Player B was was equally good, at first.  At least, that is my considered view, having watched both A and B routinely dispatch their adversaries.  They never played each other, though, because Player A always avoided it: a loss would have crushed his illusion of greatness.  Player B, on the other hand, was a coach’s dream.  If I told him about a better way to handle a game position, he would set up the board, and play that situation against me over and over, until the lesson was internalized.  He had no problem losing.  He didn’t lose often, but sometimes he did so to test an idea, try out a different plan, or teach himself a new technique.  His strength increased rapidly, and by the end of one season he had clearly surpassed Player A.  The difference was this:  talent, to Player B, was something to be acquired by the steady investment of one’s efforts and energy, not a gift, to be sheltered and displayed like a precious jewel.
There is a lesson here for teachers and parents.  When children succeed, we should praise them — perhaps not so much for their talent, but for their dedication and persistence.  When they fail, we encourage them to try harder next time, and discourage the self-defeating attitude that they’re “no good at it.”   Recognize them less for what they are, and more for what they have done.  With our words, our actions, and our example, we thereby cultivate the mindset of a Player B.

Teacher Collective Bargaining Hurts Students

I came across an interesting study performed by Michael F. Lovenhiem and Alexander Willen, both of Cornell University.  Titled “The Long-Run Effects of Teacher Collective Bargaining,” this study analyses the effects of teacher collective bargaining laws on life outcomes of the students.  More specifically, the study examines how the people educated in a state were affected after a state had enacted a duty-to-bargain law for public school teachers. 
 
A link to the original study appears here (along with related studies on the societal effects of public sector unions): 
 
     https://tinyurl.com/y77gls5j
 
An article based on that study appears in EducationNext, a website sponsored by the Harvard University’s Kennedy School of Government.  Here is a link to it:
 
     https://tinyurl.com/ybebap5r
 
The results are startling.  According to the article, “students who spent all 12 years of grade school in a state with a duty-to-bargain law earned an average of $795 less per year and worked half an hour less per week as adults than students who were not exposed to collective-bargaining laws. They are 0.9 percentage points less likely to be employed and 0.8 percentage points less likely to be in the labor force. And those with jobs tend to work in lower-skilled occupations.”  The study further notes that “teacher collective bargaining reduces [their students’ total] earnings by $199.6 billion in the US annually… [and] leads to sizable reductions in measured cognitive and non-cognitive skills among young adults.”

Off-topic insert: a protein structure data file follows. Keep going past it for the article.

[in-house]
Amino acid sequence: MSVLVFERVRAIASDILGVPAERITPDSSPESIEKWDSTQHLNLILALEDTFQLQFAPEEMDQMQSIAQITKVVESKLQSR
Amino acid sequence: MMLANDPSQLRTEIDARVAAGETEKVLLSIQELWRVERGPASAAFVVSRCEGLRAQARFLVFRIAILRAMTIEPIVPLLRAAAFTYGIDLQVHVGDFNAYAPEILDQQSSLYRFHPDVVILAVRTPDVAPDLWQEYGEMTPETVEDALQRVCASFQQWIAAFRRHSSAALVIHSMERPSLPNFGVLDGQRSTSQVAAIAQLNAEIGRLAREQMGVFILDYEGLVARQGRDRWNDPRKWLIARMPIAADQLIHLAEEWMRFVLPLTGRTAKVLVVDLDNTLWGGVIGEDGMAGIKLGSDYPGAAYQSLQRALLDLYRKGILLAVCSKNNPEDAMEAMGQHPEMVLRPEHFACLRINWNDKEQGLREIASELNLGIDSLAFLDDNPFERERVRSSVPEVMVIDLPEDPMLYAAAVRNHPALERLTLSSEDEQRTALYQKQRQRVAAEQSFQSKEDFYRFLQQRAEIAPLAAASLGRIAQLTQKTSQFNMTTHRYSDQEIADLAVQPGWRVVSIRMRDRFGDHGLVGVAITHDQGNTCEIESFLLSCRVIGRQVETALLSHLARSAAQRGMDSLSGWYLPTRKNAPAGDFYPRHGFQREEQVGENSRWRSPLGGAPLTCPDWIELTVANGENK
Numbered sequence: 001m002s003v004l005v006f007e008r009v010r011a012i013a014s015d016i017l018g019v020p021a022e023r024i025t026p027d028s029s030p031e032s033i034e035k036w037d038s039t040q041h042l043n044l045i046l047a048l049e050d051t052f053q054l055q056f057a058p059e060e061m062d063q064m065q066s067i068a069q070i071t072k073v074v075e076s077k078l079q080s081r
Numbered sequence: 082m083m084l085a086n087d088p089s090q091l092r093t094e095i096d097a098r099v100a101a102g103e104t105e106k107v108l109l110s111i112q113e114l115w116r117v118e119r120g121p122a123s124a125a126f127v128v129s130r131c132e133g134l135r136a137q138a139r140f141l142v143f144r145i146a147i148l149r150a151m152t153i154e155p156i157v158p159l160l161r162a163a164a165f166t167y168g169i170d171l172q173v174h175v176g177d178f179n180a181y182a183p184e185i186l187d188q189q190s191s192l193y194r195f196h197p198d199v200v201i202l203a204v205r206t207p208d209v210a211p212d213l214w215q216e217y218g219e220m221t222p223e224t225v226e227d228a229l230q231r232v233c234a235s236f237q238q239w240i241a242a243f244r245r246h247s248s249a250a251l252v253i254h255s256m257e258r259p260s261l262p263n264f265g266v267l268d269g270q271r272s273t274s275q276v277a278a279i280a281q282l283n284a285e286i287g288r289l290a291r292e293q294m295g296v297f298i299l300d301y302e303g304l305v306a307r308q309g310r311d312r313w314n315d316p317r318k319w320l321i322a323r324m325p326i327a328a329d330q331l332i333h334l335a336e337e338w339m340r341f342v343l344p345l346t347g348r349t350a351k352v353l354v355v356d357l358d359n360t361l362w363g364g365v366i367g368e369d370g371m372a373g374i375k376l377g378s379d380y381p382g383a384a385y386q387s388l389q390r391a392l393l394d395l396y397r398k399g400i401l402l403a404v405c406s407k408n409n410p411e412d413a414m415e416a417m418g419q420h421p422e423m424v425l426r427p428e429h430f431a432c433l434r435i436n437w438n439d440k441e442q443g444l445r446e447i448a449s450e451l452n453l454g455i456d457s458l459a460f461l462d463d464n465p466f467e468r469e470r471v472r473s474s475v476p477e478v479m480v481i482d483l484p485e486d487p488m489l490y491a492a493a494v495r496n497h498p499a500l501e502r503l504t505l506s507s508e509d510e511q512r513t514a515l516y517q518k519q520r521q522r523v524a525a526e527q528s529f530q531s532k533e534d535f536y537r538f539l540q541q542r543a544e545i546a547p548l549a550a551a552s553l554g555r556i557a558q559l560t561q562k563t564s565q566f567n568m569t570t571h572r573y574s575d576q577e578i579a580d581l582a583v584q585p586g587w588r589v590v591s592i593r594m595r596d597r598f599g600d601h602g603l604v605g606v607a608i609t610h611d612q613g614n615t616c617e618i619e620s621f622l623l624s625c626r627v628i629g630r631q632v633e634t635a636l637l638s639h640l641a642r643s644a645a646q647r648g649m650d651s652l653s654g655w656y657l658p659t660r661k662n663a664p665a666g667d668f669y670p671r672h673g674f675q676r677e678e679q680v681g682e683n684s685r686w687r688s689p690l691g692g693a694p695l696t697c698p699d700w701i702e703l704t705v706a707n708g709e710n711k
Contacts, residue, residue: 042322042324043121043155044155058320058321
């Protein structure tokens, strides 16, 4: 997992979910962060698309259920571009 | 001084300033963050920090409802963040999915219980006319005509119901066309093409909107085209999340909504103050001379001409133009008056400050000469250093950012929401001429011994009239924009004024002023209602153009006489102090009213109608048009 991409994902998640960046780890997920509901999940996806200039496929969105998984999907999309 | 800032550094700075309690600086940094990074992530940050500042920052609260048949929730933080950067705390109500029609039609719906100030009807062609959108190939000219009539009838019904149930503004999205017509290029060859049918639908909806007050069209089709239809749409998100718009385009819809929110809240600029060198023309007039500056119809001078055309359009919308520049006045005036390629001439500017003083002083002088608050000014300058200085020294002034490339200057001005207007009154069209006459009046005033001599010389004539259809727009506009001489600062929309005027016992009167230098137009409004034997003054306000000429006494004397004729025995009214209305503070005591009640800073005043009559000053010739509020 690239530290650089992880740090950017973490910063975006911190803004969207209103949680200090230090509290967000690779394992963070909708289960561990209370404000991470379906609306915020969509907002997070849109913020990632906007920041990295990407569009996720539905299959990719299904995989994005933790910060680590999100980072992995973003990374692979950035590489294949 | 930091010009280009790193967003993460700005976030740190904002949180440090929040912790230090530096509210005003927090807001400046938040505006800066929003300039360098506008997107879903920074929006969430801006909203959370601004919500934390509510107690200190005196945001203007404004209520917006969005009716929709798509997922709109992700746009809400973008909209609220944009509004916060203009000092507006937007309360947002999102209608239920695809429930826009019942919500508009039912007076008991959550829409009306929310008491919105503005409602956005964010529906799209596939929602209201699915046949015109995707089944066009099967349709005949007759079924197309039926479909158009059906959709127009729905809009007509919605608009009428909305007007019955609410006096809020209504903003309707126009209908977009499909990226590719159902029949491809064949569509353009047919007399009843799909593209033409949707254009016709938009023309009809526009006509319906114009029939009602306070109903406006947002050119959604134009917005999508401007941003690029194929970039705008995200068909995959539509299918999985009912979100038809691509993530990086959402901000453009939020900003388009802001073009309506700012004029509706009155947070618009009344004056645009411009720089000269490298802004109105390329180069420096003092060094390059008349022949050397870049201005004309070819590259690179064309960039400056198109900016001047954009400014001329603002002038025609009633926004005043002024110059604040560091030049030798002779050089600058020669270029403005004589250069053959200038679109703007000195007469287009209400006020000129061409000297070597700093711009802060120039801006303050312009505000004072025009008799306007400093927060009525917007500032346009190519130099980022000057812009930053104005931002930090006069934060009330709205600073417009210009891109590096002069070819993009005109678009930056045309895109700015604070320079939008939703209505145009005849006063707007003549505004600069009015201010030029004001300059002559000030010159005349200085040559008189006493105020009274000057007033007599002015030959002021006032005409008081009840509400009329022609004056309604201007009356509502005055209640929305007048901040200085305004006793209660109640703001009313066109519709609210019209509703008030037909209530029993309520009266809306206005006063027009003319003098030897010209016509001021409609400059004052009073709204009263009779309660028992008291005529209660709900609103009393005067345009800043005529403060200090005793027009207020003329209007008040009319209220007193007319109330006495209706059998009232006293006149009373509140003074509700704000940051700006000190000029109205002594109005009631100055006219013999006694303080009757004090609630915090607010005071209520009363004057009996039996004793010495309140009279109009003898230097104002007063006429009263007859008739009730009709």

The authors report that “Collective-bargaining laws strengthen teachers unions and give them greater influence over how school districts allocate their resources. A typical collective-bargaining agreement addresses a remarkably broad range of items: unions negotiate over salary schedules and benefits; hiring, evaluation, and firing policies; and rules detailing work and teaching hours, class assignments, class sizes, and nonteaching duties. By increasing union membership, collective-bargaining laws also heighten the influence of teachers unions in education politics at the state level….  Critics of teacher unionization argue that collective bargaining in public education has reduced school quality by shifting resources toward teachers and away from other educational inputs and by making it more difficult to fire low-performing teachers. Stronger unions may also have made it  harder for states to adopt policies aimed at improving school quality through enhanced accountability or expanded school choice…. Our evidence points to the conclusion that collective bargaining in public education has been a bad deal for American students.”

Fortunately, in Virginia, public sector employees are prohibited from collective bargaining, absent specific statutory authorization.  This study affirms that this is the right policy for our state.

Federal Regulatory Changes to Affect K-12

An article in the Washington Examiner by Emily Jashinsky looks at reforms being considered by the administration that will affect K-12 and higher ed. Titled “Betsy DeVos Looks to Curb Federal ‘Overreach’ in Education,” the article begins
The Department of Education has its sights set on regulatory reform in 2018. Led by Secretary of Education Betsy DeVos, who often speaks out against what she calls a “one-size-fits-all” approach to education, the department is focused on reviewing rules and requirements issued by previous administrations, seeking to curb what she says is federal overreach.
This effort will include continued review of Title IX guidelines to colleges and universities on the handling of sexual assault cases.  The previous guidelines, which have given rise to concerns for the due process rights of the accused, were rescinded in September.
The … department’s broader goal [is] “reducing overreach the department has engaged in in the past,” in an effort to “[free] up educators and administrators and institutions to actually serve students rather than be more worried about compliance.”
Indeed, teachers and administrators currently expend a great deal of time and energy on data collection and paperwork related to regulatory compliance, and this is a factor affecting morale at schools.
The article continues
On the K-12 level, a possible two-year delay of the “significant disproportionality” rule will likely be opened up for comment as well. The rule is a requirement that states note “when districts … discipline children from any racial or ethnic group at markedly higher rates than their peers.”